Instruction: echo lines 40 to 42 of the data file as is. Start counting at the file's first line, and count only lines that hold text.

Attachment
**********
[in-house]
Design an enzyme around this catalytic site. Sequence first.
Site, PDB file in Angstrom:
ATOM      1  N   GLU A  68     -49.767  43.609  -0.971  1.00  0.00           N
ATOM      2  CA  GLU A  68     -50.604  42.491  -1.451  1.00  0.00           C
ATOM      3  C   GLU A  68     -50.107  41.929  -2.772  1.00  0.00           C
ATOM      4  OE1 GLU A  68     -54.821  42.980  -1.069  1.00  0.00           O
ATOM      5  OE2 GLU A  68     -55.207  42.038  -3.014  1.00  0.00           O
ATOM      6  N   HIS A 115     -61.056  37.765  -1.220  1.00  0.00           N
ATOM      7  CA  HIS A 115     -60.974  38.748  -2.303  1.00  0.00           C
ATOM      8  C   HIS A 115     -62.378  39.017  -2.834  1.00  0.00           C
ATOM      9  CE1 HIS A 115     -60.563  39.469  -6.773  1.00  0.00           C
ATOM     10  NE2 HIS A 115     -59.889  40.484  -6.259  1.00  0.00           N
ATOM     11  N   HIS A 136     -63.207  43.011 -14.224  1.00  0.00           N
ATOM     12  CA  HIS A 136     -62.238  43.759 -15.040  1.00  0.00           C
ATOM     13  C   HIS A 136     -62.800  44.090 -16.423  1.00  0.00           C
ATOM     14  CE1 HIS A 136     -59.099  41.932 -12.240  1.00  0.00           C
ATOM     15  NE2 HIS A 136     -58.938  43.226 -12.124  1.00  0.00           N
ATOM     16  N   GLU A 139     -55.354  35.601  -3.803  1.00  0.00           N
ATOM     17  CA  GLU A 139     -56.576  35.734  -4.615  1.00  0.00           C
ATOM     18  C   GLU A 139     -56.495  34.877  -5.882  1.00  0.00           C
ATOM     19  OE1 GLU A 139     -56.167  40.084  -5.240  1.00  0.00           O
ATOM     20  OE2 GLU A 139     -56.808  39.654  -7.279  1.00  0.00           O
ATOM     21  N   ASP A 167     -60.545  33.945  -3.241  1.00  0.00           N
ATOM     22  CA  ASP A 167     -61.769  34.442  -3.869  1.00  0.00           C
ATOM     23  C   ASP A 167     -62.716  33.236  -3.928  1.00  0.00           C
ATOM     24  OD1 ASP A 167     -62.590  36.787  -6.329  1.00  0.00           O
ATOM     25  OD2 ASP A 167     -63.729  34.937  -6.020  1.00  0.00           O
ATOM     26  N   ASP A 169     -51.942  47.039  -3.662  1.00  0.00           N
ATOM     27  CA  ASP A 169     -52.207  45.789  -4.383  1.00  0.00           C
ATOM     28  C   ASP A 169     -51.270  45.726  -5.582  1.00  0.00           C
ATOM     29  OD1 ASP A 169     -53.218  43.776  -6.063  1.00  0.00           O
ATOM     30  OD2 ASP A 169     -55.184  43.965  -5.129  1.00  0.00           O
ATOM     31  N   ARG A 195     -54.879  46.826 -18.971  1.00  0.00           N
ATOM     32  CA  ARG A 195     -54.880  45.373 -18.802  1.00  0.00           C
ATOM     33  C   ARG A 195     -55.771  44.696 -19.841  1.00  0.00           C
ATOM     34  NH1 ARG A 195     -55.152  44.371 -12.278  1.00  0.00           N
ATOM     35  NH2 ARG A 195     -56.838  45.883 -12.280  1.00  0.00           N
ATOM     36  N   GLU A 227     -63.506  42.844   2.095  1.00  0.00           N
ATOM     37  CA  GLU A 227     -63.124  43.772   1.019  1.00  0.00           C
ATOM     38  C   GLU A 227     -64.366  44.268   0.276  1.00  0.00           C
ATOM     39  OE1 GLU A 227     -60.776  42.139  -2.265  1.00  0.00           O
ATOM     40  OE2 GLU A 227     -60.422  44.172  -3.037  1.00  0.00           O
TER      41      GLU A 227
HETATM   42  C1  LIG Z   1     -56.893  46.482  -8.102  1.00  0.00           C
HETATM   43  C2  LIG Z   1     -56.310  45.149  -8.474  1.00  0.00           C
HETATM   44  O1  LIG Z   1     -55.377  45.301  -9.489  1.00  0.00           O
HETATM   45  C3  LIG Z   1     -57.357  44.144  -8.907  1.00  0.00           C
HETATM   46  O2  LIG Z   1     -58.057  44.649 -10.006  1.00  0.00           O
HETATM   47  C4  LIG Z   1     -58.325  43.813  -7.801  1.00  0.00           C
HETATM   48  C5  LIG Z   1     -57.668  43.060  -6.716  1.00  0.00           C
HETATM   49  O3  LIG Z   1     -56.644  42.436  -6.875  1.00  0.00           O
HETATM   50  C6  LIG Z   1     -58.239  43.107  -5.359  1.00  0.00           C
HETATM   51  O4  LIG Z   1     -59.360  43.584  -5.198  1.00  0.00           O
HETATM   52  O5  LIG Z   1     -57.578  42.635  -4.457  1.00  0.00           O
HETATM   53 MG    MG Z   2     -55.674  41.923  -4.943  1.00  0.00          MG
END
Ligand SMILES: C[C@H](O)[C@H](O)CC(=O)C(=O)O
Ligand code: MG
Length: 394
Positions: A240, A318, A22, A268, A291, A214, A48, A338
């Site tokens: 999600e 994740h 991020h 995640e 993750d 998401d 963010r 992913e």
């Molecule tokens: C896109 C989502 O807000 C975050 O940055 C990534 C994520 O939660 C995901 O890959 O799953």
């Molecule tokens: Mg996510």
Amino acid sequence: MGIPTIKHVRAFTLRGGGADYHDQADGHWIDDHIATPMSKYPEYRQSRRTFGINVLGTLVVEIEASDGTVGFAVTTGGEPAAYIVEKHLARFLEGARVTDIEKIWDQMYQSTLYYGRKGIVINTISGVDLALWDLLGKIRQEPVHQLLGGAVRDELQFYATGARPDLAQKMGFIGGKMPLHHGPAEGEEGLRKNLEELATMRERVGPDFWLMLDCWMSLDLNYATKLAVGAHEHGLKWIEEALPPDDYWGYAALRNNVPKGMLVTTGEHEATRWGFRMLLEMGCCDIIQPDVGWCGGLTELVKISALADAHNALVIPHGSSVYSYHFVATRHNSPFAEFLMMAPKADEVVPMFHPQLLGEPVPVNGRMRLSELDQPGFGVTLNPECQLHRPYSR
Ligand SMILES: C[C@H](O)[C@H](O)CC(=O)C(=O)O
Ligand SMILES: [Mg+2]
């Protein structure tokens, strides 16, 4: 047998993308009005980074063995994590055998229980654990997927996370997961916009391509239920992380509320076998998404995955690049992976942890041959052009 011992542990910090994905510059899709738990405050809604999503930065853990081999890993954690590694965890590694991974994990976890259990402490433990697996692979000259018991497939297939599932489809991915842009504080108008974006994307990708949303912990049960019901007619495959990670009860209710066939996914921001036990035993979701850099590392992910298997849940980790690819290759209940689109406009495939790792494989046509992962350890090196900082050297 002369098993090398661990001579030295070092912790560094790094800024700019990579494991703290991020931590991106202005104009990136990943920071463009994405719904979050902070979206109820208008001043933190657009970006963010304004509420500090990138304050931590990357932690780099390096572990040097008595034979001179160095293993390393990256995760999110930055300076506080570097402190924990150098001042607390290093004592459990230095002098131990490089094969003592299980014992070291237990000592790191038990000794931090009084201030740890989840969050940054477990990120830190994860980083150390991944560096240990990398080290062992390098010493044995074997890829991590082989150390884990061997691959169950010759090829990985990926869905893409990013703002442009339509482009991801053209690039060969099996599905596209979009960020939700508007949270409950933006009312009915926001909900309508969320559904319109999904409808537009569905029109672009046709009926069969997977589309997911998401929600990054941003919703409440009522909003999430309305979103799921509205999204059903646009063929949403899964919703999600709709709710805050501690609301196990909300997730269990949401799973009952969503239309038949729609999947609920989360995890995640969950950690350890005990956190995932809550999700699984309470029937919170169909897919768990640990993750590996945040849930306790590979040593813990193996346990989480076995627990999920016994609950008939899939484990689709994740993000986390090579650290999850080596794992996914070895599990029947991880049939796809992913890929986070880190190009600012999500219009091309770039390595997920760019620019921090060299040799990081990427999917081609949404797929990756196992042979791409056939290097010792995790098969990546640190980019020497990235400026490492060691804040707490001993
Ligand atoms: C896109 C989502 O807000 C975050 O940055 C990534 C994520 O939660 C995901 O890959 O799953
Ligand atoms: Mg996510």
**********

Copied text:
ATOM     37  CA  GLU A 227     -63.124  43.772   1.019  1.00  0.00           C
ATOM     38  C   GLU A 227     -64.366  44.268   0.276  1.00  0.00           C
ATOM     39  OE1 GLU A 227     -60.776  42.139  -2.265  1.00  0.00           O